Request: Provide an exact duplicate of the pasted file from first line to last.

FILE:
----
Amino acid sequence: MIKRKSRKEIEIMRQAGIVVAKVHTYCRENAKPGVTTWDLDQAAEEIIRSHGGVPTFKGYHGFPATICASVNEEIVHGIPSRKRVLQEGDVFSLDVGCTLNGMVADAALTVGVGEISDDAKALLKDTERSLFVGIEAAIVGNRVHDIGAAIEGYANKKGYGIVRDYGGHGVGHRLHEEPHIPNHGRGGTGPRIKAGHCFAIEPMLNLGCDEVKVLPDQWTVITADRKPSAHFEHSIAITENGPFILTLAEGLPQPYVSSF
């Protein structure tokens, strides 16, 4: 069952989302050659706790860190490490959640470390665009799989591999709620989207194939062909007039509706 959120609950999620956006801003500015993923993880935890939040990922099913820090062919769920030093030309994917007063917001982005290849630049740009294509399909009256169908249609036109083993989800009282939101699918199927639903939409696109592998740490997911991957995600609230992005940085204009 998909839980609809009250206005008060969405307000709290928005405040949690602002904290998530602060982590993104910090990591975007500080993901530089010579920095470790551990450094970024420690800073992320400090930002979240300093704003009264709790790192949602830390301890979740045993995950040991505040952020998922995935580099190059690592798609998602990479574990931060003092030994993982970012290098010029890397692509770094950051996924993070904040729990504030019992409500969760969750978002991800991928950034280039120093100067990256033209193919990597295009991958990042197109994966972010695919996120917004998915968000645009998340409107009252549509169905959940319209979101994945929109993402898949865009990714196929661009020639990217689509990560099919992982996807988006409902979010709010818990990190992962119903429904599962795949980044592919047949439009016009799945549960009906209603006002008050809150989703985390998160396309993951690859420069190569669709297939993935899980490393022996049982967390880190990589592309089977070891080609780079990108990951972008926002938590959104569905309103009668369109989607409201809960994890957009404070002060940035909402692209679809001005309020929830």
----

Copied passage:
Amino acid sequence: MIKRKSRKEIEIMRQAGIVVAKVHTYCRENAKPGVTTWDLDQAAEEIIRSHGGVPTFKGYHGFPATICASVNEEIVHGIPSRKRVLQEGDVFSLDVGCTLNGMVADAALTVGVGEISDDAKALLKDTERSLFVGIEAAIVGNRVHDIGAAIEGYANKKGYGIVRDYGGHGVGHRLHEEPHIPNHGRGGTGPRIKAGHCFAIEPMLNLGCDEVKVLPDQWTVITADRKPSAHFEHSIAITENGPFILTLAEGLPQPYVSSF
């Protein structure tokens, strides 16, 4: 069952989302050659706790860190490490959640470390665009799989591999709620989207194939062909007039509706 959120609950999620956006801003500015993923993880935890939040990922099913820090062919769920030093030309994917007063917001982005290849630049740009294509399909009256169908249609036109083993989800009282939101699918199927639903939409696109592998740490997911991957995600609230992005940085204009 998909839980609809009250206005008060969405307000709290928005405040949690602002904290998530602060982590993104910090990591975007500080993901530089010579920095470790551990450094970024420690800073992320400090930002979240300093704003009264709790790192949602830390301890979740045993995950040991505040952020998922995935580099190059690592798609998602990479574990931060003092030994993982970012290098010029890397692509770094950051996924993070904040729990504030019992409500969760969750978002991800991928950034280039120093100067990256033209193919990597295009991958990042197109994966972010695919996120917004998915968000645009998340409107009252549509169905959940319209979101994945929109993402898949865009990714196929661009020639990217689509990560099919992982996807988006409902979010709010818990990190992962119903429904599962795949980044592919047949439009016009799945549960009906209603006002008050809150989703985390998160396309993951690859420069190569669709297939993935899980490393022996049982967390880190990589592309089977070891080609780079990108990951972008926002938590959104569905309103009668369109989607409201809960994890957009404070002060940035909402692209679809001005309020929830």